Adding to this, Lennie’s character is literally silenced. As some of the men were verbally attacking Curley, “Lennie was still smiling with delight at the memory of the ranch” (Steinbeck). Since Curley took Lennie’s actions as a sign of disrespect, Curley decided to silence him. Without a chance to speak and defend himself, Lennie was forced to deal with the consequences. This forces Lennie to believe he is doing many things wrong and lowers his self-esteem. Also since George only came to Lennie’s aid after the whole thing was over, Lennie may begin to question George. And Lennie’s guilt from standing up for himself only complicates his already messy situation. The whole ordeal forced Lennie to view things differently than he had before. This also affected how Curley viewed Lennie during their time at the farm.
To elaborate, Curley, surprisingly, is also affected by the word silence to show loneliness and alienation. After Curley took a beating from Lennie, Slim explains to him, “if you don’t tell nobody what happened, we ain’t going to. But you jus’ tell an’ try to get this guy canned and we’ll tell ever’body, an’ then will you get the laugh” (Steinbeck). Using blackmail, Slim offers Curley a chance to escape humiliation and trouble. With his reputation of a fierce and fearless man who can knock out anyone he encounters, Curley knew news of his defeat would hurt him, and this fear scared him into silence. The event itself also silenced Curley with both the pain he felt and a new fear of Lennie he created. As he witnessed Lennie’s power compared to his own, Curley realized he had finally been defeated, and there was nothing he could do about it. Curley’s silence is actually his submission to Lennie and his decision let him be, at the time being. The silence Curley has been trapped by is a result of his fear of Lennie, and the fear that he will hurt him again.
Additionally, Curley’s wife is one of the many characters that are being silenced throughout the book. Curley gets incredibly jealous whenever his wife talks to one of the men living in the bunkhouse. When she is found by Curley, speaking to another man, she is silenced by his jealousy. It seems whenever the wife wants to do something, Curley manages to show up at the right time and silence her from what she wants to do. To the other men of the bunkhouse she is dangerous because she can get them into trouble with Curley. So it is not just Curley silencing her, but all men, “She’s gonna make a mess” (Steinbeck). This quote shows that the men want nothing to do with the wife of Curley. They are scared of what could happen if Curley finds one of them involved with his wife. They are essentially silencing her by ignoring her. She seems to be very dependent on Curley and his father for everything. She has no female friends to support her and give her a voice, since many females generally share the same ideas for life. She is married but is always alone and sad. She didn’t follow her dreams or marry out of love. Instead, she settles for a ring, a roof over her head, and a man she didn’t know well enough to make that sort of connection with. She wanted love like most characters, but ended up with isolation, loneliness, and silence. Had she not married Curley, she may have had a bigger voice and not be silence by the world of men.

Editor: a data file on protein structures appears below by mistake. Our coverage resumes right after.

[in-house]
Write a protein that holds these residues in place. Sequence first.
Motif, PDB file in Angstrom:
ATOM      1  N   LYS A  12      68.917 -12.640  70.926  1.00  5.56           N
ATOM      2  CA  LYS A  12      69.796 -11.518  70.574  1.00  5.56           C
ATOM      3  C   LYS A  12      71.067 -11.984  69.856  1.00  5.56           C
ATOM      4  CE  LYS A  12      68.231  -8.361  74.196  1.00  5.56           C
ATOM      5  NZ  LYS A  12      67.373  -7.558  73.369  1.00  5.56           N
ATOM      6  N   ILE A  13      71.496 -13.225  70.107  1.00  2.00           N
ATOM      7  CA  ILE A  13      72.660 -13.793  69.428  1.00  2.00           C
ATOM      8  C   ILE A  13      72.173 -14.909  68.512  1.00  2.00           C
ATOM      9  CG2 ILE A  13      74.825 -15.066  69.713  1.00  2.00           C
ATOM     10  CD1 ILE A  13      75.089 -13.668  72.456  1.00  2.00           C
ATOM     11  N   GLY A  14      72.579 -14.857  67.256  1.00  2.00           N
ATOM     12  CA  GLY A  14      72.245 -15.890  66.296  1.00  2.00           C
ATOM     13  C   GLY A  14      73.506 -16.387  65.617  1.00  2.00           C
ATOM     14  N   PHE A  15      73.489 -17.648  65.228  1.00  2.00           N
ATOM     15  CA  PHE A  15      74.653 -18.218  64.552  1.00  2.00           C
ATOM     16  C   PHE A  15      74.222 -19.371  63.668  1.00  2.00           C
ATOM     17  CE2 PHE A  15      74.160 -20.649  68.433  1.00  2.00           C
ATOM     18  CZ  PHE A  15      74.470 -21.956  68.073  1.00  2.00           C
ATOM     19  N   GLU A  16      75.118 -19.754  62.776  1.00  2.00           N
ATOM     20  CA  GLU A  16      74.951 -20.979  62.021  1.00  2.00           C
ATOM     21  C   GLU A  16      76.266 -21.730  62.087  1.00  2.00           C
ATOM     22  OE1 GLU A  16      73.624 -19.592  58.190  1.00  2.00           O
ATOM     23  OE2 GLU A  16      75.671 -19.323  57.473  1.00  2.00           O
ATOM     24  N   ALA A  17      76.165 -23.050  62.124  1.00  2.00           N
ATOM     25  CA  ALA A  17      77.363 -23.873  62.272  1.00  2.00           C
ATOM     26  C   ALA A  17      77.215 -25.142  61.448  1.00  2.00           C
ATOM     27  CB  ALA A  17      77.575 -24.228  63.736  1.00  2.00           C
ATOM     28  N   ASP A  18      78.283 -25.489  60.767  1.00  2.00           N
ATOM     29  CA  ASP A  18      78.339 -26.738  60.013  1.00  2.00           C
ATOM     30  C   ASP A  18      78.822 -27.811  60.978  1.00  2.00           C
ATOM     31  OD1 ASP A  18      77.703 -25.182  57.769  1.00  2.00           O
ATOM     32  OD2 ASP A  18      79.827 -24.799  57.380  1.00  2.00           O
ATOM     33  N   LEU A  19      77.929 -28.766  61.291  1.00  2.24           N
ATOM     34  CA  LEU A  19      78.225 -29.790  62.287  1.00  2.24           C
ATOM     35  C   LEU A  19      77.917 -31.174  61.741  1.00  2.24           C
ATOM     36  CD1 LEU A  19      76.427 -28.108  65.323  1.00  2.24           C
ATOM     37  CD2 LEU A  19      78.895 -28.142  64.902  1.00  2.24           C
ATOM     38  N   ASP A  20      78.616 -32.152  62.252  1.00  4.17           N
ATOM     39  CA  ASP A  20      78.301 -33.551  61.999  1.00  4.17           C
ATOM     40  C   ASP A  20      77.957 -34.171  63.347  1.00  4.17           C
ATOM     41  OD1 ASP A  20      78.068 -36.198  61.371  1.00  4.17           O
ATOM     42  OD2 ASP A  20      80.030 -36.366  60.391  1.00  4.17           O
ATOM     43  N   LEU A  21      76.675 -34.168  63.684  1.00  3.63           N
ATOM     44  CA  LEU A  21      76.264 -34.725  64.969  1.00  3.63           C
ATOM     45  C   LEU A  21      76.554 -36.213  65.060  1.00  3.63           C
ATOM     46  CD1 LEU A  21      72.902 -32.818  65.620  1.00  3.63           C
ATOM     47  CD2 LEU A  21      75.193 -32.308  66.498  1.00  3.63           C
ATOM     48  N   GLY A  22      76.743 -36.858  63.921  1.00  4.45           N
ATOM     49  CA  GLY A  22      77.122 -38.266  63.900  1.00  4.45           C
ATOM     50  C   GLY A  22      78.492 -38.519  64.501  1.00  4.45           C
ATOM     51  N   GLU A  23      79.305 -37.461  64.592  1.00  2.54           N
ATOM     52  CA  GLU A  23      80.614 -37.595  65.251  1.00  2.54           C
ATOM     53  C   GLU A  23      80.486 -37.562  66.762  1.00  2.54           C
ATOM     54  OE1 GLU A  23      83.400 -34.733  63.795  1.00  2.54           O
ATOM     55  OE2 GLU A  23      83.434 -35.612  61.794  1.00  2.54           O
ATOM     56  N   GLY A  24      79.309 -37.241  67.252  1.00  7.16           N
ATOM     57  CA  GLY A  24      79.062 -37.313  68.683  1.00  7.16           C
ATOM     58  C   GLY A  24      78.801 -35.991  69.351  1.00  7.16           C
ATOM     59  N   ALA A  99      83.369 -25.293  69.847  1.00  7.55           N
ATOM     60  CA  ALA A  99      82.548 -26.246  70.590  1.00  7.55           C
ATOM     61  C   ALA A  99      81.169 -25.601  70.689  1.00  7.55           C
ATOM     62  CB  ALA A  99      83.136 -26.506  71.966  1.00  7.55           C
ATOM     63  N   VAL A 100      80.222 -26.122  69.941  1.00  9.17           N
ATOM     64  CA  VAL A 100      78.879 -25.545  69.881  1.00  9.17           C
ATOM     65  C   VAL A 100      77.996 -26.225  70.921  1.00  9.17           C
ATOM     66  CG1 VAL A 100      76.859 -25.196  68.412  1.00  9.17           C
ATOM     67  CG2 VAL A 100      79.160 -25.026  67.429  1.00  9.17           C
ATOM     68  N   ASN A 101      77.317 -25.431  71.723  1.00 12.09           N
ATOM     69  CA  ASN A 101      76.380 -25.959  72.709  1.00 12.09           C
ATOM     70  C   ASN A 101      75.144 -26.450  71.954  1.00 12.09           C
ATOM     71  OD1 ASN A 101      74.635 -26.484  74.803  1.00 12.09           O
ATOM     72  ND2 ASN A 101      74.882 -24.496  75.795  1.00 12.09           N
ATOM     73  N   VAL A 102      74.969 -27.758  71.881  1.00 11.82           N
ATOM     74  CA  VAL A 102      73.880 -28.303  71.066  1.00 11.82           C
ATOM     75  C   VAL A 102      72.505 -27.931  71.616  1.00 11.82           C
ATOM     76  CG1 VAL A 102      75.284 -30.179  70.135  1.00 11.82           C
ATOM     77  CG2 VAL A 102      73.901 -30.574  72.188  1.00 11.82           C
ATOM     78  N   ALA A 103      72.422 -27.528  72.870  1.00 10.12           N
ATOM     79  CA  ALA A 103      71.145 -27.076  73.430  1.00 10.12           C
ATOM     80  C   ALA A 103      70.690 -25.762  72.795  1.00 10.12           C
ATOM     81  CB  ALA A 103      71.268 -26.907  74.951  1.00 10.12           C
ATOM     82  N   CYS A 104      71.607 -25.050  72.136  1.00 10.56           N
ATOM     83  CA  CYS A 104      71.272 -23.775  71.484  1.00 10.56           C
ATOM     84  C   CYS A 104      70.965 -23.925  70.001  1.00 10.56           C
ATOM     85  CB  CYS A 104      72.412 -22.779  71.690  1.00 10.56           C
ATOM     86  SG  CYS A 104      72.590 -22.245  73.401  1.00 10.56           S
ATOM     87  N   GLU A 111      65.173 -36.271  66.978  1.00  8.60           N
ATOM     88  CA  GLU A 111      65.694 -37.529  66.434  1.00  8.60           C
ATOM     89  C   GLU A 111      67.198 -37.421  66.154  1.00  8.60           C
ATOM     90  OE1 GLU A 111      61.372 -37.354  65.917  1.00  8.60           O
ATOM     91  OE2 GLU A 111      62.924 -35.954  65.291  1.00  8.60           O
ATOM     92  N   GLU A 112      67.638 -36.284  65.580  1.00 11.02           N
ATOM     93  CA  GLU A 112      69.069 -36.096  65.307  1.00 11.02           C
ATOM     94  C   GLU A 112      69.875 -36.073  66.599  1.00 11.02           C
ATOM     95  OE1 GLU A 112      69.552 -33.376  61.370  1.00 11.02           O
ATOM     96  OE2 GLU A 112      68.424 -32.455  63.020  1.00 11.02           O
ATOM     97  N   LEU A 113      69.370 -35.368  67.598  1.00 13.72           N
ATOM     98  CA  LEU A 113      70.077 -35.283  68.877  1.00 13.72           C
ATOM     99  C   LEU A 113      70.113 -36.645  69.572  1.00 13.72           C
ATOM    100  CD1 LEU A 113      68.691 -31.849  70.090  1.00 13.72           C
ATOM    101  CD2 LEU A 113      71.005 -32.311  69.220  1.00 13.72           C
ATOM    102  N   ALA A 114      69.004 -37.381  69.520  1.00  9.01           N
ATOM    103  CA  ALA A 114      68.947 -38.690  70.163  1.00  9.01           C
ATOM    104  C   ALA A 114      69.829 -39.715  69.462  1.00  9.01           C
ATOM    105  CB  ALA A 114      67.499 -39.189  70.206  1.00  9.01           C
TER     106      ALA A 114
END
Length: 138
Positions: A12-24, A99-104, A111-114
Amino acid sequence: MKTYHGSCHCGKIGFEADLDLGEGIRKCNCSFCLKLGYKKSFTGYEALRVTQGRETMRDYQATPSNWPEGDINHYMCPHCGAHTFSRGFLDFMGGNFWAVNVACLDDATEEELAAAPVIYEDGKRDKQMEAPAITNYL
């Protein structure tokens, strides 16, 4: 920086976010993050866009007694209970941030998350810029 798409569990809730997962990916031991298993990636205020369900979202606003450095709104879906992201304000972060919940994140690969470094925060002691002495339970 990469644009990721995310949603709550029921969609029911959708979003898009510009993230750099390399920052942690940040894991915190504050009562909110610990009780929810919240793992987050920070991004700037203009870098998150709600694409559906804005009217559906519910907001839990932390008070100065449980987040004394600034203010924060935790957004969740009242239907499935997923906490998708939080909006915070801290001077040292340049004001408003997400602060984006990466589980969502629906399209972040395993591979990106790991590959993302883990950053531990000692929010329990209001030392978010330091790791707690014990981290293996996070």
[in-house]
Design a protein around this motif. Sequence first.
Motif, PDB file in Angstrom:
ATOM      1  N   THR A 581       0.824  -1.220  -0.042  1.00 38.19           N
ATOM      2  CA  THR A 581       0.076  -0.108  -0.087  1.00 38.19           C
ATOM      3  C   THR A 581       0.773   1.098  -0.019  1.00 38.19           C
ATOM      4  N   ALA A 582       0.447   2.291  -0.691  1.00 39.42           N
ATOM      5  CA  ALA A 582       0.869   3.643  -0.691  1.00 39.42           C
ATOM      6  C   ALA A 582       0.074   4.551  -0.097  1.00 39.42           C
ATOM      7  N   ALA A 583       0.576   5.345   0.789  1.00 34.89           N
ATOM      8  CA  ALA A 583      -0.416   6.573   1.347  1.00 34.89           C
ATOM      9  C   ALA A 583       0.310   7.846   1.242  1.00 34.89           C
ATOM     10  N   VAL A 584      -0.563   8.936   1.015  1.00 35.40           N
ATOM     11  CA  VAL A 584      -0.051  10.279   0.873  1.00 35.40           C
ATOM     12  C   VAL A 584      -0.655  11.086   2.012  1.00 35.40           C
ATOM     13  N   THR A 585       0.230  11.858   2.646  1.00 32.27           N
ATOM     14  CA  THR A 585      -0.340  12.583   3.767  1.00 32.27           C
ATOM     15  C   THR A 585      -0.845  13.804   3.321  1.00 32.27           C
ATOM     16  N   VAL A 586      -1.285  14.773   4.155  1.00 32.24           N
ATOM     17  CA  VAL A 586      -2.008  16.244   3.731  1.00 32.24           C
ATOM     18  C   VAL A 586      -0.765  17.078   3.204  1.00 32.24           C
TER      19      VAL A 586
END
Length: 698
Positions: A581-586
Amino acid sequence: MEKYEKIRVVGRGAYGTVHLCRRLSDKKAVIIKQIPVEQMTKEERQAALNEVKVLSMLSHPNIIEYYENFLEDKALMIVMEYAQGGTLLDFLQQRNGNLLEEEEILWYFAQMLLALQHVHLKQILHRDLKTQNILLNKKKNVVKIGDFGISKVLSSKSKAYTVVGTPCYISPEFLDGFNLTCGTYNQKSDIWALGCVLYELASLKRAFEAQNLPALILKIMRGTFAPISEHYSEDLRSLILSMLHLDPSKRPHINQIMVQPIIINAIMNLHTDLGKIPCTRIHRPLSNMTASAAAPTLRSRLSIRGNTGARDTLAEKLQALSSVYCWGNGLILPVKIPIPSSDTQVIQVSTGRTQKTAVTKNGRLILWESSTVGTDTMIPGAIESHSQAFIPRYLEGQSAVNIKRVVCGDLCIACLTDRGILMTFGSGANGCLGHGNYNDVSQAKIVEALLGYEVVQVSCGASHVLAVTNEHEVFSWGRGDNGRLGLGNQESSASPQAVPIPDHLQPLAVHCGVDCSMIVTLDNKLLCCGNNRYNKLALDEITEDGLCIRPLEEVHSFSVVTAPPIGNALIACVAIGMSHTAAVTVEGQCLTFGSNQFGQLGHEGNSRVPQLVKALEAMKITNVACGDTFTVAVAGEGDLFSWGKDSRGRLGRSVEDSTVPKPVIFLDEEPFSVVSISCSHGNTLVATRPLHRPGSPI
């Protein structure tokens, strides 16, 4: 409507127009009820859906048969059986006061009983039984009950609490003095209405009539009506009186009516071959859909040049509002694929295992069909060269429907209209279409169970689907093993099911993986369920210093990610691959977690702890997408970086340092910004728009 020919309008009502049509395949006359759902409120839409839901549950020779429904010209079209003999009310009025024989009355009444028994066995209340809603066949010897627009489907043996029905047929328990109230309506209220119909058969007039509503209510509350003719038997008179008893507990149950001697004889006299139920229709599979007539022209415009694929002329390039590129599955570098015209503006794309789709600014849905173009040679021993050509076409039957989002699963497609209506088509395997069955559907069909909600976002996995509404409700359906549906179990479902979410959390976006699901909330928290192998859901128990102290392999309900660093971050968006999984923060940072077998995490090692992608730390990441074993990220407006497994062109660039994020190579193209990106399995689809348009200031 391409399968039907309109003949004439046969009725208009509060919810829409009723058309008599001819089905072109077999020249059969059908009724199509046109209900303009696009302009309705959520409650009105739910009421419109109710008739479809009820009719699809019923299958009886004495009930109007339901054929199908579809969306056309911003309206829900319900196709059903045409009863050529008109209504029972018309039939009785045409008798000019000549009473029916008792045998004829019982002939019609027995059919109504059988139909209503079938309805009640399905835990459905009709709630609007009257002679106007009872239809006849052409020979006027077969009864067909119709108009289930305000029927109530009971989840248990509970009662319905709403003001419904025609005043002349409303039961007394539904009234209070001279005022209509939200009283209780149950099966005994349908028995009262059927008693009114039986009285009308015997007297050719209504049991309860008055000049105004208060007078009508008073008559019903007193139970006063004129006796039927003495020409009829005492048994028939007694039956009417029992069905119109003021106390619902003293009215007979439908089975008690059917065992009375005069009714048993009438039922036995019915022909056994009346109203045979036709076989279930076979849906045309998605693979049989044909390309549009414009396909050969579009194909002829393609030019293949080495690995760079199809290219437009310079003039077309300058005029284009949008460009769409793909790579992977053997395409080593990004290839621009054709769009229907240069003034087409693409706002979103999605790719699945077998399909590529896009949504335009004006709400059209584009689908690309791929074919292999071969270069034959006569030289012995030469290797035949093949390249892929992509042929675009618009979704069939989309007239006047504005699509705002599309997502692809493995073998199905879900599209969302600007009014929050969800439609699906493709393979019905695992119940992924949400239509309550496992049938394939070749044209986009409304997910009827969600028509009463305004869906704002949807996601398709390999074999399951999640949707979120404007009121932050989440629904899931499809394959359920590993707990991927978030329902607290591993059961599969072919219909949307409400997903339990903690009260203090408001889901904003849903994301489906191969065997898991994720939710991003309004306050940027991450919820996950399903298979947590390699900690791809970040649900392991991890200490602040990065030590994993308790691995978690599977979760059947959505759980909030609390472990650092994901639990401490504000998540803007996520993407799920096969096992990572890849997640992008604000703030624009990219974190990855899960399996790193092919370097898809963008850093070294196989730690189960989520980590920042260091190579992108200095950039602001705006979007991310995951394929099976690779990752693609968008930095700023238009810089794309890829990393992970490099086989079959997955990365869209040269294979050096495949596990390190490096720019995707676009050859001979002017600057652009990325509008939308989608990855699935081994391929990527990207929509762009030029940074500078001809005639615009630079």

In conclusion, Steinbeck’s use of the word “silence” plays a vital role in communicating the characters’ difficulty with emotional commitment during this period in time. All the characters in the book, Of Mice and Men, face forms of alienation and loneliness.